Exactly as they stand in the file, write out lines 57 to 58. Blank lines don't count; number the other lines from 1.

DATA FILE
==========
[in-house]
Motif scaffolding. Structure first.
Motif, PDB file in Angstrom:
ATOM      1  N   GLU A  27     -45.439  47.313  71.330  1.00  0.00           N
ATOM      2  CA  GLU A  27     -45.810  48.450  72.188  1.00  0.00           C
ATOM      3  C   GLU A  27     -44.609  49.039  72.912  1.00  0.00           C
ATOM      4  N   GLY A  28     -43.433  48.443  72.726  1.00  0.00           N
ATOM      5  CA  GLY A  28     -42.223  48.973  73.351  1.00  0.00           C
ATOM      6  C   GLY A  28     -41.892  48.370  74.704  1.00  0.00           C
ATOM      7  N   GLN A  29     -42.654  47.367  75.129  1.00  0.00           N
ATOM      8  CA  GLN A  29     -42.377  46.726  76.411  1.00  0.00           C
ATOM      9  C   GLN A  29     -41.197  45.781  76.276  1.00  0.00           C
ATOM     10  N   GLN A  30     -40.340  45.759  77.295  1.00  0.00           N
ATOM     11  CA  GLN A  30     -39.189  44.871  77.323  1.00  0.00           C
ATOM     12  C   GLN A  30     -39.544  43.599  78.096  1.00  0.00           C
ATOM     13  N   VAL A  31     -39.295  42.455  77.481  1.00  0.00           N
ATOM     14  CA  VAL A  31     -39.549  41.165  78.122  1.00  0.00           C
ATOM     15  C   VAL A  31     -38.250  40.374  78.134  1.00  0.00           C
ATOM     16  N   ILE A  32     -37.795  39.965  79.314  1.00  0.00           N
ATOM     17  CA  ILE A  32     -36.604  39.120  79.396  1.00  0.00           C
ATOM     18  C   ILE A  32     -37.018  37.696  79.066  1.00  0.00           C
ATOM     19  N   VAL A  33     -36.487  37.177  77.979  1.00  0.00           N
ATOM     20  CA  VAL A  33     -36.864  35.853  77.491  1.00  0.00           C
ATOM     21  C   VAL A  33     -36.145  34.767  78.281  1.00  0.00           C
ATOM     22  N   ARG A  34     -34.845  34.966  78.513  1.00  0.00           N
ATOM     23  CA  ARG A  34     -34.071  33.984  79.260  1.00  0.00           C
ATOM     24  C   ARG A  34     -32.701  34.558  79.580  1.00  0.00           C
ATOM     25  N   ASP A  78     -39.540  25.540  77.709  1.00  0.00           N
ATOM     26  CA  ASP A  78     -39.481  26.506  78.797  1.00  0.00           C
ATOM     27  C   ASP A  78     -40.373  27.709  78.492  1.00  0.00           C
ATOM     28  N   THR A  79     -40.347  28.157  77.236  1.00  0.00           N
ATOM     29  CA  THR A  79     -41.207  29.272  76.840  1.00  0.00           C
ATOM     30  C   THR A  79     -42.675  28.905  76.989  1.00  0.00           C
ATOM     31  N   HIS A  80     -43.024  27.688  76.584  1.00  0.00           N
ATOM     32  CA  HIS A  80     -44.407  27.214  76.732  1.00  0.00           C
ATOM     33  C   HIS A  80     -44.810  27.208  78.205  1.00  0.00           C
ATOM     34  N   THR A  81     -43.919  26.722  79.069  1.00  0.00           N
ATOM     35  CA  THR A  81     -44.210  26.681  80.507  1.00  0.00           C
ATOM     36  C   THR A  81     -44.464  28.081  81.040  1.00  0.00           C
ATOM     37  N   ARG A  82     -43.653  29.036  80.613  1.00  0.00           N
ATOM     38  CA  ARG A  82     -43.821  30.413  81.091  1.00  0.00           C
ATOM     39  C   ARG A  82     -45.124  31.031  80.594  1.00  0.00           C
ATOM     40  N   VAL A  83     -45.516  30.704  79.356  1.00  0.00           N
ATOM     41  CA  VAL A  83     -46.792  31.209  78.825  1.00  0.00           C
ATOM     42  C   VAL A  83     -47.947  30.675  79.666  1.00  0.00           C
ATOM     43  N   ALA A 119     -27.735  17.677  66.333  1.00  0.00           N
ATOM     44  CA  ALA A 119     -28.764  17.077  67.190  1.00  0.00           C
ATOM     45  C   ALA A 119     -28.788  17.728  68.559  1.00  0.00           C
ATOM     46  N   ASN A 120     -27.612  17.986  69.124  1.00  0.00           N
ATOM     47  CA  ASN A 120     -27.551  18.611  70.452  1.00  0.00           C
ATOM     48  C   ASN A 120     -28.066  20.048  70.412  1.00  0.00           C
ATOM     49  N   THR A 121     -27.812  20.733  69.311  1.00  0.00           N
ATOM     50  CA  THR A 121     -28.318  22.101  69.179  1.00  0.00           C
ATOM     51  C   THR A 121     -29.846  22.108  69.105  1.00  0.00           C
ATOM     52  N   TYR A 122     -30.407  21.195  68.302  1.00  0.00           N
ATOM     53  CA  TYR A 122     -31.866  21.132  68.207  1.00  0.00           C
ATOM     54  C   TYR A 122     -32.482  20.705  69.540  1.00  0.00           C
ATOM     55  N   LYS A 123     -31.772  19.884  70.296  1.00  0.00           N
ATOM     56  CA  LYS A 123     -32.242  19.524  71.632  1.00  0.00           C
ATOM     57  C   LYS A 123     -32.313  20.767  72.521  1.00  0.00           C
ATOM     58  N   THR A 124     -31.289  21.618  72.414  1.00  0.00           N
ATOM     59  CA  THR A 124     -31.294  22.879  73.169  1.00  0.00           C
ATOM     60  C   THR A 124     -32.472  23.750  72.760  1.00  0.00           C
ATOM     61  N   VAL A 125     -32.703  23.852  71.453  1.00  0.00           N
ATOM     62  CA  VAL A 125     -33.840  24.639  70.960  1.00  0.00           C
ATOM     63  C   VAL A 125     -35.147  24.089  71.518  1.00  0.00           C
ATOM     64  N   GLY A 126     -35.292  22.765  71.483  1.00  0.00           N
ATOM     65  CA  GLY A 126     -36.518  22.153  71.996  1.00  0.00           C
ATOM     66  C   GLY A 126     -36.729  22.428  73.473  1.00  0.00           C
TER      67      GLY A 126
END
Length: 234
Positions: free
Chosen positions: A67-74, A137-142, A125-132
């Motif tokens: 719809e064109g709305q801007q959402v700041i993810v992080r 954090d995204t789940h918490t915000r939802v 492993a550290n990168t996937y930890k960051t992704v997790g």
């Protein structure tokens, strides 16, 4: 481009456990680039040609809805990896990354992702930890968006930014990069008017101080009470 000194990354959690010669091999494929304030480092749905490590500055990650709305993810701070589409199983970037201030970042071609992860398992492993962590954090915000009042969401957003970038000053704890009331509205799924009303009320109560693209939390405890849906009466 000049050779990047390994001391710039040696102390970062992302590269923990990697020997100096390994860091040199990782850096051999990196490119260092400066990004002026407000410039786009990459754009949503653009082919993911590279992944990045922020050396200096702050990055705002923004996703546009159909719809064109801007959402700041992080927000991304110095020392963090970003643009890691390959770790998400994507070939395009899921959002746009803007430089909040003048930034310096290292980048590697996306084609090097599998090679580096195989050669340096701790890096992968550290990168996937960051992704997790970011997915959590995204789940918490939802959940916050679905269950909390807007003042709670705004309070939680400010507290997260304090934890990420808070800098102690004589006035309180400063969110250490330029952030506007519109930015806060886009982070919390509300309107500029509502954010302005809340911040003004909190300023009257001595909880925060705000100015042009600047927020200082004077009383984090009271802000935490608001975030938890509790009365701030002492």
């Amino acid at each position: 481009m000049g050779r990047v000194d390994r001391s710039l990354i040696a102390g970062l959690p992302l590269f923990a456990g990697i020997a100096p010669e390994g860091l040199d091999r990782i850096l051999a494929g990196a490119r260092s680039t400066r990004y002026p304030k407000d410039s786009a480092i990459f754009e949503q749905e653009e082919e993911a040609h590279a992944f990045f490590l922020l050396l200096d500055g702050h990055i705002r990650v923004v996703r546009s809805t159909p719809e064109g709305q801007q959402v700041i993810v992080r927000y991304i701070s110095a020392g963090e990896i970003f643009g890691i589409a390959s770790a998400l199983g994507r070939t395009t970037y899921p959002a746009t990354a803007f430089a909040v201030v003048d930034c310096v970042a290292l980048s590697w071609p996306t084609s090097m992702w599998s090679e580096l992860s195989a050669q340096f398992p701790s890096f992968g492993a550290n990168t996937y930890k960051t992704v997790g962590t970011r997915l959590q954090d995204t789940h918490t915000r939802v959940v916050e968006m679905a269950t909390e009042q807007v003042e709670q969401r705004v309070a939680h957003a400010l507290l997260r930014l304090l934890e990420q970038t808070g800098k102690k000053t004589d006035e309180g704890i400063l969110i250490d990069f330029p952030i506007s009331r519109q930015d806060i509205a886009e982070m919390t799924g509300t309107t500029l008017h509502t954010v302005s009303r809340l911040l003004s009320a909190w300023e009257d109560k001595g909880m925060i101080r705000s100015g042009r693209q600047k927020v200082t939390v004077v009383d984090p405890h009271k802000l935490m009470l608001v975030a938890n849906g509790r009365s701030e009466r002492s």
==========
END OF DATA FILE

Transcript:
ATOM     54  C   TYR A 122     -32.482  20.705  69.540  1.00  0.00           C
ATOM     55  N   LYS A 123     -31.772  19.884  70.296  1.00  0.00           N